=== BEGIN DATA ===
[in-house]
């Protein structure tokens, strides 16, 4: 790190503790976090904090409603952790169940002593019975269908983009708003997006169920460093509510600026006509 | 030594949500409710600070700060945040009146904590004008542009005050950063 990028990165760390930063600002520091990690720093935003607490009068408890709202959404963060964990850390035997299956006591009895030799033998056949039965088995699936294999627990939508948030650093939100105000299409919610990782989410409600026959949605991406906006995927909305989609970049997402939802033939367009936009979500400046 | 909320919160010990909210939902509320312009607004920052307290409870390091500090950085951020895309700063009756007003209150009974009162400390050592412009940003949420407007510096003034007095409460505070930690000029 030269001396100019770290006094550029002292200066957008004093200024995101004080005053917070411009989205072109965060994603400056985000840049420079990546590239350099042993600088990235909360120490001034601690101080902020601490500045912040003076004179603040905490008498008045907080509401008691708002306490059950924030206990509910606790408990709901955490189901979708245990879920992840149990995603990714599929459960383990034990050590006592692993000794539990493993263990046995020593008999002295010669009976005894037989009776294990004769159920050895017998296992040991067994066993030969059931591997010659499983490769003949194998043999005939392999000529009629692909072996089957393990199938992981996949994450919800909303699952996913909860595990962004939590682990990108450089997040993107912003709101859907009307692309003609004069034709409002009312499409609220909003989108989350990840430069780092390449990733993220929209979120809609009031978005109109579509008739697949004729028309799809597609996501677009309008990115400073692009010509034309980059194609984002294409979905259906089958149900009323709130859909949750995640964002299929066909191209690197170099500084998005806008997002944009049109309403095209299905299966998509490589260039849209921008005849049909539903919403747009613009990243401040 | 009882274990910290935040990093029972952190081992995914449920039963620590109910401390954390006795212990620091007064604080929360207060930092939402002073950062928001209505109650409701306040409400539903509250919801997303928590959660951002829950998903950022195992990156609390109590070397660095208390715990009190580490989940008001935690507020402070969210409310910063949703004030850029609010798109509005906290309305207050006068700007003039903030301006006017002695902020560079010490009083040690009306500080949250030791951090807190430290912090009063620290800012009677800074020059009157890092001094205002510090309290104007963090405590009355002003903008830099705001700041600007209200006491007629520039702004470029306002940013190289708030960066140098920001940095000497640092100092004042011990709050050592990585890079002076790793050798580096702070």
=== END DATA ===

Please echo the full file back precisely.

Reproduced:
[in-house]
């Protein structure tokens, strides 16, 4: 790190503790976090904090409603952790169940002593019975269908983009708003997006169920460093509510600026006509 | 030594949500409710600070700060945040009146904590004008542009005050950063 990028990165760390930063600002520091990690720093935003607490009068408890709202959404963060964990850390035997299956006591009895030799033998056949039965088995699936294999627990939508948030650093939100105000299409919610990782989410409600026959949605991406906006995927909305989609970049997402939802033939367009936009979500400046 | 909320919160010990909210939902509320312009607004920052307290409870390091500090950085951020895309700063009756007003209150009974009162400390050592412009940003949420407007510096003034007095409460505070930690000029 030269001396100019770290006094550029002292200066957008004093200024995101004080005053917070411009989205072109965060994603400056985000840049420079990546590239350099042993600088990235909360120490001034601690101080902020601490500045912040003076004179603040905490008498008045907080509401008691708002306490059950924030206990509910606790408990709901955490189901979708245990879920992840149990995603990714599929459960383990034990050590006592692993000794539990493993263990046995020593008999002295010669009976005894037989009776294990004769159920050895017998296992040991067994066993030969059931591997010659499983490769003949194998043999005939392999000529009629692909072996089957393990199938992981996949994450919800909303699952996913909860595990962004939590682990990108450089997040993107912003709101859907009307692309003609004069034709409002009312499409609220909003989108989350990840430069780092390449990733993220929209979120809609009031978005109109579509008739697949004729028309799809597609996501677009309008990115400073692009010509034309980059194609984002294409979905259906089958149900009323709130859909949750995640964002299929066909191209690197170099500084998005806008997002944009049109309403095209299905299966998509490589260039849209921008005849049909539903919403747009613009990243401040 | 009882274990910290935040990093029972952190081992995914449920039963620590109910401390954390006795212990620091007064604080929360207060930092939402002073950062928001209505109650409701306040409400539903509250919801997303928590959660951002829950998903950022195992990156609390109590070397660095208390715990009190580490989940008001935690507020402070969210409310910063949703004030850029609010798109509005906290309305207050006068700007003039903030301006006017002695902020560079010490009083040690009306500080949250030791951090807190430290912090009063620290800012009677800074020059009157890092001094205002510090309290104007963090405590009355002003903008830099705001700041600007209200006491007629520039702004470029306002940013190289708030960066140098920001940095000497640092100092004042011990709050050592990585890079002076790793050798580096702070």